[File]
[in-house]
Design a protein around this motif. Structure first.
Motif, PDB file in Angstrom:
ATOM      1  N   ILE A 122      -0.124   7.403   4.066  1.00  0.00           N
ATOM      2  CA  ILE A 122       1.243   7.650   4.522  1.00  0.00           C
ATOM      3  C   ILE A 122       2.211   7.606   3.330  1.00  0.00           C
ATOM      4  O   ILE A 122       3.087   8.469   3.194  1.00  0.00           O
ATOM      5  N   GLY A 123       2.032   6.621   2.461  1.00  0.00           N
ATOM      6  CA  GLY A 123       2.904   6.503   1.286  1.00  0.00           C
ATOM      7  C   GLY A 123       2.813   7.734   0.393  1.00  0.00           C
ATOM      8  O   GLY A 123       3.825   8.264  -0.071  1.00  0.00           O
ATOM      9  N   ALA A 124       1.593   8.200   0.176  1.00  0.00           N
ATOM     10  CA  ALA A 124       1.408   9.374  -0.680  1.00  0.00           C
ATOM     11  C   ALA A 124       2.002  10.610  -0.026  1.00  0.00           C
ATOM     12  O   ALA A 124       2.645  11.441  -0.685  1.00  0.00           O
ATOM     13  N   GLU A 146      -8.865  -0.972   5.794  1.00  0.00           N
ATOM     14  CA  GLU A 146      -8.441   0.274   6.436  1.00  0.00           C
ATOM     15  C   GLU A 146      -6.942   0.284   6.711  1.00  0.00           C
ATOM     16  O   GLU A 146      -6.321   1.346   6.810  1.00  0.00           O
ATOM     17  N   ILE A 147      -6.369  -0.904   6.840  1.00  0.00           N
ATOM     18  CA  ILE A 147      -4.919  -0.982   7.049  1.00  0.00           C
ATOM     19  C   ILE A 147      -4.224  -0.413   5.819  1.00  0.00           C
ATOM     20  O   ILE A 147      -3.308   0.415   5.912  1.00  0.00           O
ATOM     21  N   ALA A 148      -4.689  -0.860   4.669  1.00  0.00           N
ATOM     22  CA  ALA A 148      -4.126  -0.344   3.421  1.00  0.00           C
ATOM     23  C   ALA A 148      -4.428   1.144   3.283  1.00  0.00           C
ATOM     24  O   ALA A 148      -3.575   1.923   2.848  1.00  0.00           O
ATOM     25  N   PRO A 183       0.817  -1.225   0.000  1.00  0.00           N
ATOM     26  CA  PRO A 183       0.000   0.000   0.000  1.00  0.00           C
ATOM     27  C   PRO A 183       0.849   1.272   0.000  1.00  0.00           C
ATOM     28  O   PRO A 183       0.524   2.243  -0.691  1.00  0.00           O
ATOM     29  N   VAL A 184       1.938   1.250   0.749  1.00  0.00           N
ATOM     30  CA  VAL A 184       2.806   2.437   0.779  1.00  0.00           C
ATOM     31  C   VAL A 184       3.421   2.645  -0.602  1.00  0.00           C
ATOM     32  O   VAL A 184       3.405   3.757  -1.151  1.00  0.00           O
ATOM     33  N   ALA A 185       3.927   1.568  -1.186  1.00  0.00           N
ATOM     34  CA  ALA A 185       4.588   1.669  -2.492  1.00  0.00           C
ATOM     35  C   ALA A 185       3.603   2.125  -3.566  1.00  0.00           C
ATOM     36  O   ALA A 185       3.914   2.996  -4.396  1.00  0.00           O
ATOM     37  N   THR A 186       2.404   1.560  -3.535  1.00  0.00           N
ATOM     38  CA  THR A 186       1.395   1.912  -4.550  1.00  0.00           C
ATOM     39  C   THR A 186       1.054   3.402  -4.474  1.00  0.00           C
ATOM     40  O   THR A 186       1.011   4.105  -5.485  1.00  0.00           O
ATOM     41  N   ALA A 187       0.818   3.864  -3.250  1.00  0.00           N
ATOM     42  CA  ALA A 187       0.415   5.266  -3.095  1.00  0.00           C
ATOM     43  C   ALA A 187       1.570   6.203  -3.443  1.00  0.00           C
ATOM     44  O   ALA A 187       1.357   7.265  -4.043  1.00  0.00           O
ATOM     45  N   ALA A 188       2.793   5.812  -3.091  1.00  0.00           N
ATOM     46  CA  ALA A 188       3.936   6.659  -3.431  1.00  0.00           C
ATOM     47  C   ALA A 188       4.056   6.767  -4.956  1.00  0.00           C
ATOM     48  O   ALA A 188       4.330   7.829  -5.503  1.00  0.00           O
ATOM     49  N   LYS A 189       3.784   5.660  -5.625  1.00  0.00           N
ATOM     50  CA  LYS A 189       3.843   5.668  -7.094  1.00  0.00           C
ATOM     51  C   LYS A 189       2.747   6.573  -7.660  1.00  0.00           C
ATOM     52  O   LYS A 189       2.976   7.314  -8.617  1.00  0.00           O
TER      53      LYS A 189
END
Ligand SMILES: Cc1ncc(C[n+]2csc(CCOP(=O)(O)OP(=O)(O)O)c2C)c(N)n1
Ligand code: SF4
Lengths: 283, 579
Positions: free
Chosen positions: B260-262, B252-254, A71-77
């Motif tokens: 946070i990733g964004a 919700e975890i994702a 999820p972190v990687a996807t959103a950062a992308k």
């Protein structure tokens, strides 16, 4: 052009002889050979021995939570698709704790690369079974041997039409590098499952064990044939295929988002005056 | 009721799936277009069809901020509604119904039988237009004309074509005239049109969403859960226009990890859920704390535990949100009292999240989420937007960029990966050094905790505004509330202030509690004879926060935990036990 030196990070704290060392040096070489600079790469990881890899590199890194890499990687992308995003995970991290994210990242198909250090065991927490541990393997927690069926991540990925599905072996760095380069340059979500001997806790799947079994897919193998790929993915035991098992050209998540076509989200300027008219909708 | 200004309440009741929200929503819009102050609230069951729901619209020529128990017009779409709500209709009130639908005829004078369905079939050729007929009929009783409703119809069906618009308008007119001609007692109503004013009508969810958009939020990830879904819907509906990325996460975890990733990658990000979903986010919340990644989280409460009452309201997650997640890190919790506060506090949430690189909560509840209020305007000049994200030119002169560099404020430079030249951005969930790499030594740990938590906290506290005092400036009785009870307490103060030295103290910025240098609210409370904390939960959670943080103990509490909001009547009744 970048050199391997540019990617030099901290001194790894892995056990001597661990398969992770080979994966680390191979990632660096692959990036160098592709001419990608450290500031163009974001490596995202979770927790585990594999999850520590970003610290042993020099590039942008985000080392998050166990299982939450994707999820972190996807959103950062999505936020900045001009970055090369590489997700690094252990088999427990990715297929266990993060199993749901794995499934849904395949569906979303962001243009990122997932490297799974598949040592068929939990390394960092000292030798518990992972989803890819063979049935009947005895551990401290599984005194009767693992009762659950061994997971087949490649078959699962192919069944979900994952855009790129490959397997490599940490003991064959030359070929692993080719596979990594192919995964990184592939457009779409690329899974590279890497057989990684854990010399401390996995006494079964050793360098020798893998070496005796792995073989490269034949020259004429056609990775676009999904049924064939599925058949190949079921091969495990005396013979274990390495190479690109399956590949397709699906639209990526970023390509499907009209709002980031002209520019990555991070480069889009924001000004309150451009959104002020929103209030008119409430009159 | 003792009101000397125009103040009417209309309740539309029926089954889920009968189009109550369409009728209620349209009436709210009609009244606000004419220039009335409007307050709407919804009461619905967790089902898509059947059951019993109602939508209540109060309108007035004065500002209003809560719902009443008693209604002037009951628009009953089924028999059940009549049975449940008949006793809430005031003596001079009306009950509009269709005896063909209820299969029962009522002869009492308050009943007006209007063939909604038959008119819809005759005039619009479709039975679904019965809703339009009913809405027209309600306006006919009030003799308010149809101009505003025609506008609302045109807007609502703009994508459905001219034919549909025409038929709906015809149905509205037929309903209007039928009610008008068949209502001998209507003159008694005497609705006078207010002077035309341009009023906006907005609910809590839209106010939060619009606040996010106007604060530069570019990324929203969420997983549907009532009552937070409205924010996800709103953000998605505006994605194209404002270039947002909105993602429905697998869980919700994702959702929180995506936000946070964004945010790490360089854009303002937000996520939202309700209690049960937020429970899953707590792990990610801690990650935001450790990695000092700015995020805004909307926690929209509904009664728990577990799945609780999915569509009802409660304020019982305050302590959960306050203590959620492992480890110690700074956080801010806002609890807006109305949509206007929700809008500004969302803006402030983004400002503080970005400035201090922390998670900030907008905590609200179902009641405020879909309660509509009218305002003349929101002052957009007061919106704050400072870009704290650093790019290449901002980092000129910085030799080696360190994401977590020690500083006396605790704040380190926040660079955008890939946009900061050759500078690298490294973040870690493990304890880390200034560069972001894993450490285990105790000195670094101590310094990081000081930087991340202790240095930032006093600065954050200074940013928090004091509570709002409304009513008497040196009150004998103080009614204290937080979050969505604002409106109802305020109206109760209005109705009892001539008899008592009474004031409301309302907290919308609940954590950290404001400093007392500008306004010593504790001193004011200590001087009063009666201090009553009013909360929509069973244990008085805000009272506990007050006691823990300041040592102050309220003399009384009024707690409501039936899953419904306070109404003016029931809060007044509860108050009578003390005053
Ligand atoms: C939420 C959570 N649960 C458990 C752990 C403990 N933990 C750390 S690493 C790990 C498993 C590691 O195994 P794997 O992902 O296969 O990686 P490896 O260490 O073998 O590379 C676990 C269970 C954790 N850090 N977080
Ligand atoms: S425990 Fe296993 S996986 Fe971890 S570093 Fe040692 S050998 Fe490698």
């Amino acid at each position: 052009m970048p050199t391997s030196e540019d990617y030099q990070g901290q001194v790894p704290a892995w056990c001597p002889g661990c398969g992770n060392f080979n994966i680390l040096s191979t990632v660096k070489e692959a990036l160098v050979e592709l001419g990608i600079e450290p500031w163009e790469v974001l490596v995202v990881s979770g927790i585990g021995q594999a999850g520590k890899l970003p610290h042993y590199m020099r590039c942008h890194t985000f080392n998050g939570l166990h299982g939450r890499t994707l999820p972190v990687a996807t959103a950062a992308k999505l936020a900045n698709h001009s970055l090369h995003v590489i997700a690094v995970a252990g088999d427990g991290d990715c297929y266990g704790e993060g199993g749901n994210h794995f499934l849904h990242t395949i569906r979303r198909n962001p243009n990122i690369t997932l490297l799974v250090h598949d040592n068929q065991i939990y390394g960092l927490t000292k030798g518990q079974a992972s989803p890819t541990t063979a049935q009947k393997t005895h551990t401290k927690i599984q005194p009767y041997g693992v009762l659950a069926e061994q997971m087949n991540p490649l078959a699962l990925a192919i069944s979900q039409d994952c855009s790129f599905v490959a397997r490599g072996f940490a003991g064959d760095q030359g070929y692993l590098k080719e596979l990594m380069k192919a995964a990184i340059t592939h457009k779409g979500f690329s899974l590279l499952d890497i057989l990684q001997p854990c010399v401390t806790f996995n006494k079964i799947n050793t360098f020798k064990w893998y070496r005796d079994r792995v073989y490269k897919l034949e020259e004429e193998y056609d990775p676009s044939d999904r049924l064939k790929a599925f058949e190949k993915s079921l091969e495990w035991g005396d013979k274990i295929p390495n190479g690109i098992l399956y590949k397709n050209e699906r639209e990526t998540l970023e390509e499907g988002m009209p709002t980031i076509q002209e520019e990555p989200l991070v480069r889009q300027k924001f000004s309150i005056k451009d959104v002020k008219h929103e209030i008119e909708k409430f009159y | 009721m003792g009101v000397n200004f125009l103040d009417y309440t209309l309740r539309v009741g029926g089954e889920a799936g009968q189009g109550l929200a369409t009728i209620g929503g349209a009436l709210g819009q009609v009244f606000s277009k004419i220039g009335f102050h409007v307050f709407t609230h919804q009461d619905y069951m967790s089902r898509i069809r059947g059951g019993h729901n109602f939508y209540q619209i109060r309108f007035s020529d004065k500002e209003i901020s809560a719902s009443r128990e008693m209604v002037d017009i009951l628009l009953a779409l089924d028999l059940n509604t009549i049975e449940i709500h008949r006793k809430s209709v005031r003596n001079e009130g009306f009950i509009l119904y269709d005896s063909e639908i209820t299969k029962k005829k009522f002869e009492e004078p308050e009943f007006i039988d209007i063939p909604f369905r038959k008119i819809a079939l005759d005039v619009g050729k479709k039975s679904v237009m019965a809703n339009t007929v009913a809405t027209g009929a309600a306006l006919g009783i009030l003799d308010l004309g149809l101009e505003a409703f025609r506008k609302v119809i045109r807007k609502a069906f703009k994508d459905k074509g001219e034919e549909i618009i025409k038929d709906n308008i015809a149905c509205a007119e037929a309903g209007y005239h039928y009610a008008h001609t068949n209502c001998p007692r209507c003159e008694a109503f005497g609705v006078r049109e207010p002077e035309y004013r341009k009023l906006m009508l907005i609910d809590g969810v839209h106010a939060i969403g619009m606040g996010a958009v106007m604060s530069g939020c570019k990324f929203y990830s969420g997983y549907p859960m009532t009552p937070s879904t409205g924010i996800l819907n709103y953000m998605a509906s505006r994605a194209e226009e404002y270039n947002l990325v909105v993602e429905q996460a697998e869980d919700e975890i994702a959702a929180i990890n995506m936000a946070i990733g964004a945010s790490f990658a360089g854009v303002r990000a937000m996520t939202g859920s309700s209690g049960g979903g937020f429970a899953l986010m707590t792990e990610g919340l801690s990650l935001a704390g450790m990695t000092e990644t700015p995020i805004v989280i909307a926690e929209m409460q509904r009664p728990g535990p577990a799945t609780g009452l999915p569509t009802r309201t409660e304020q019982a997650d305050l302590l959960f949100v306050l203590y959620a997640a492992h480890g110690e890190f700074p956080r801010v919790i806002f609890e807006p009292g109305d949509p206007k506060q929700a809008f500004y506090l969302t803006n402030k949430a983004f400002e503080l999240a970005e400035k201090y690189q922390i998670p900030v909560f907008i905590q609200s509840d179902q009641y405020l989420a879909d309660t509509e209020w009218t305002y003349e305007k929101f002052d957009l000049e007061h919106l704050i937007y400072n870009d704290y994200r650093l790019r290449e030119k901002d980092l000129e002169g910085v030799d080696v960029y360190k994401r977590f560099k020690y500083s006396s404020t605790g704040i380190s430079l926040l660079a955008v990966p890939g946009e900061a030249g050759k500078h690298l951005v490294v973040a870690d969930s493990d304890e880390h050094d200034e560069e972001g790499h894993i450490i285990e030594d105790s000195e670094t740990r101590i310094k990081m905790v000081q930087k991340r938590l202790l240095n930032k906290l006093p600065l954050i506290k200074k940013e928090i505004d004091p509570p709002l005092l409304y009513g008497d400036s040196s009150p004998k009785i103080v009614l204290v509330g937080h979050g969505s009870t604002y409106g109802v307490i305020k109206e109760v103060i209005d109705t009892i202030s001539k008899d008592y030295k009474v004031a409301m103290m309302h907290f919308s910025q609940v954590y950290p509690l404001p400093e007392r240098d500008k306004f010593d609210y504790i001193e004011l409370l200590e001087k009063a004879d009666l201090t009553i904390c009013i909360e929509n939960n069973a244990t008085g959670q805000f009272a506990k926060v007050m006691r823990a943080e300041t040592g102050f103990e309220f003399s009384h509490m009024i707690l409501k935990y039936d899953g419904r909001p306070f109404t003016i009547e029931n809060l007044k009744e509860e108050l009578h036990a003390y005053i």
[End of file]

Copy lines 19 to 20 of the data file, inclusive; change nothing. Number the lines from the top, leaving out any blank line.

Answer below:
ATOM     16  O   GLU A 146      -6.321   1.346   6.810  1.00  0.00           O
ATOM     17  N   ILE A 147      -6.369  -0.904   6.840  1.00  0.00           N